After six years of sequels and below-par films, Pixar has once again showed us why they’re the best in the business. Inside Out is a brilliantly-written, elegantly-scored, beautifully-animated feature that may or may not have made me cry (it totally did). Its storyline was very reminiscent of classic Pixar, with its deft handling of difficult topics in a kid-friendly way. And boy, were those topics a doozy. Don’t worry – There are no spoilers here.
That Could Have Been a Disaster
Riley is 11 years old, and pulls double duty as both the main character and setting of Inside Out. And Riley has had a tough week. After moving cross-country, her emotions are working overtime to try and sort out an appropriate reaction to their plight: Joy wants to keep Riley happy and upbeat at all costs, Fear is sure that she’ll be attacked by a bear in the middle of the city, Disgust hates the new house, Anger hates the horrifying broccoli pizza served at the pizzeria down the street, and Sadness…well, Sadness doesn’t have much to do. The other four emotions don’t really let Riley feel sadness at all, mostly insisting that she remain out of the way and not touch anything.
Marshall Segal over at DesiringGod.org has already put together a great article on the interplay between Riley’s emotions and the importance of not pushing aside Sadness in favor of Joy; I highly recommend you read it.
But one of the most fascinating things about the film for me was that Pixar decided against including any sort of traditional villain. It would have been simple to do, of course; she’s an 11-year-old girl, so maybe an emotion called Self-Doubt is literally creeping in to her brain. Or perhaps Depression is trying to get in and the emotions have to unite and use their talents together to defeat it before it takes over. Instead, Pixar decided instead to go with no villain, because our biggest enemy as human beings is actually ourselves.
How many times have your emotions betrayed you, or made you do something you don’t want to do? Even Paul, one of the most prolific writers in the Bible and a founding apostle, said in Romans 7 that he had trouble with this. This is normal, for Riley and for you. And it’s very common that one emotion takes charge over the rest.
Signal the Husband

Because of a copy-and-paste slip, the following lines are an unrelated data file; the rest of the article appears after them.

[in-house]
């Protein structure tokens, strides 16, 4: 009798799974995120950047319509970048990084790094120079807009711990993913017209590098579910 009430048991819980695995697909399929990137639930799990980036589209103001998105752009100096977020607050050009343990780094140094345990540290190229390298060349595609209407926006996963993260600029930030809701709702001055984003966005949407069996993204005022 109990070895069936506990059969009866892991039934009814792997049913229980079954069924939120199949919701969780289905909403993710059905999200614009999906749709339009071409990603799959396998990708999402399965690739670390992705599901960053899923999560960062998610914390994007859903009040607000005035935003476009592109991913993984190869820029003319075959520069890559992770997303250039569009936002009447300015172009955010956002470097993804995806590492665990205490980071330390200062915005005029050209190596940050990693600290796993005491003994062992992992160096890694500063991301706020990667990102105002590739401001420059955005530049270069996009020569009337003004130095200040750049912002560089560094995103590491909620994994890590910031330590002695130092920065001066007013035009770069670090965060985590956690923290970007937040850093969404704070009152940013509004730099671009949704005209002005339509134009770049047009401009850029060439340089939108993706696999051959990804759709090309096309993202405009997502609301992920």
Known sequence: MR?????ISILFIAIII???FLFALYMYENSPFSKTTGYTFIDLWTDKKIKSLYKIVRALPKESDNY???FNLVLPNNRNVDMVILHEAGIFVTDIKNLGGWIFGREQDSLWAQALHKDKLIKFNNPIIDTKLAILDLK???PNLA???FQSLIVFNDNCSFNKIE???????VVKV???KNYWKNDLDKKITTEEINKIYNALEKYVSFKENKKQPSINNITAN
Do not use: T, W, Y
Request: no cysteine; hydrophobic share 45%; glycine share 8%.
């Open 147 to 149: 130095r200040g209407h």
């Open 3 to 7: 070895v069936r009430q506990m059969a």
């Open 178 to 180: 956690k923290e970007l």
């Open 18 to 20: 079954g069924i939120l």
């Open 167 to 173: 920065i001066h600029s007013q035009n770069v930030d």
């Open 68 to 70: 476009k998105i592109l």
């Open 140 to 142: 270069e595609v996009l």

It took me until the montage at the end of the film to realize a brilliant aspect to the characters of Inside Out; all of the humans have a different emotion at the helm of their mind. Riley’s mind, of course, is led by Joy, while her mom’s mind is helmed by Sadness and her dad’s is led by Anger. Although neither is particularly sad or angry regularly, when difficult situations present themselves, that is the emotion that leads the response to the situation.
You’ve certainly met people who are led by different emotions. Some people just seem full of disgust all the time, and others are always afraid. Whether you’ve been led by those emotions for your entire life, or some moment or series of experiences has put a certain emotion in charge, what is the driving emotion that takes charge in your life? The Bible warns us against allowing anger or hatred to rule (Ephesians 4:26), and nobody wants sadness to lead. But it may be equally dangerous to try and shut everything out that isn’t Joy.
I’m Positive that You’ll Get Lost In There
Riley’s emotions get a bit carried away with trying to keep her from ever being hurt, like when Joy draws a circle around Sadness and tries to get her to never leave the circle. We try that ourselves, quite often; we think that if we can only keep our sadness bottled up, everything will be just fine. But when Riley’s feelings do that, things start to fall apart.
I don’t want to get into the existential implications (and inevitable spoilers) that come when a personification of “Joy” is crying, but this film paints a really beautiful picture of what happens when you try to ignore and push aside certain emotions without dealing with them appropriately.
It’s no secret that the Christian life focuses on joy a lot. That is true and good. But when you grow up in the church, it is a common thing to hear that you should “rejoice in the Lord always.” While the phrase is Biblical, the way in which it was often presented suggests that we should never be anything but smiling at all times. “Good Christians,” I was told often in disapproving glances and shakes of the head, “don’t get upset. They should always be joyful.”
The Bible also tells us the story of Job, who mourned bitterly for all he lost and about whom it was said “in all this Job did not sin.” It tells us about Jesus, who preached “Blessed are those who mourn,” comforted those who were crying, and cried himself over the loss of a friend and the unfaithfulness of a city before being betrayed by a friend and murdered for a crime he didn’t commit. Crying and mourning is as much of a natural and normal part of the Christian life as happiness is.
Praise God that He does not require us to put on fake happiness all the time. Praise Him that He instead gives us a miraculous joy even in that sadness. And praise Him that He will be with us.
“Behold, the dwelling place of God is with man. He will dwell with them, and they will be his people, and God himself will be with them as their God. He will wipe away every tear from their eyes, and death shall be no more, neither shall there be mourning, nor crying, nor pain anymore, for the former things have passed away.”
Weeping is ok. It is good. And one day, God will turn it into dancing.
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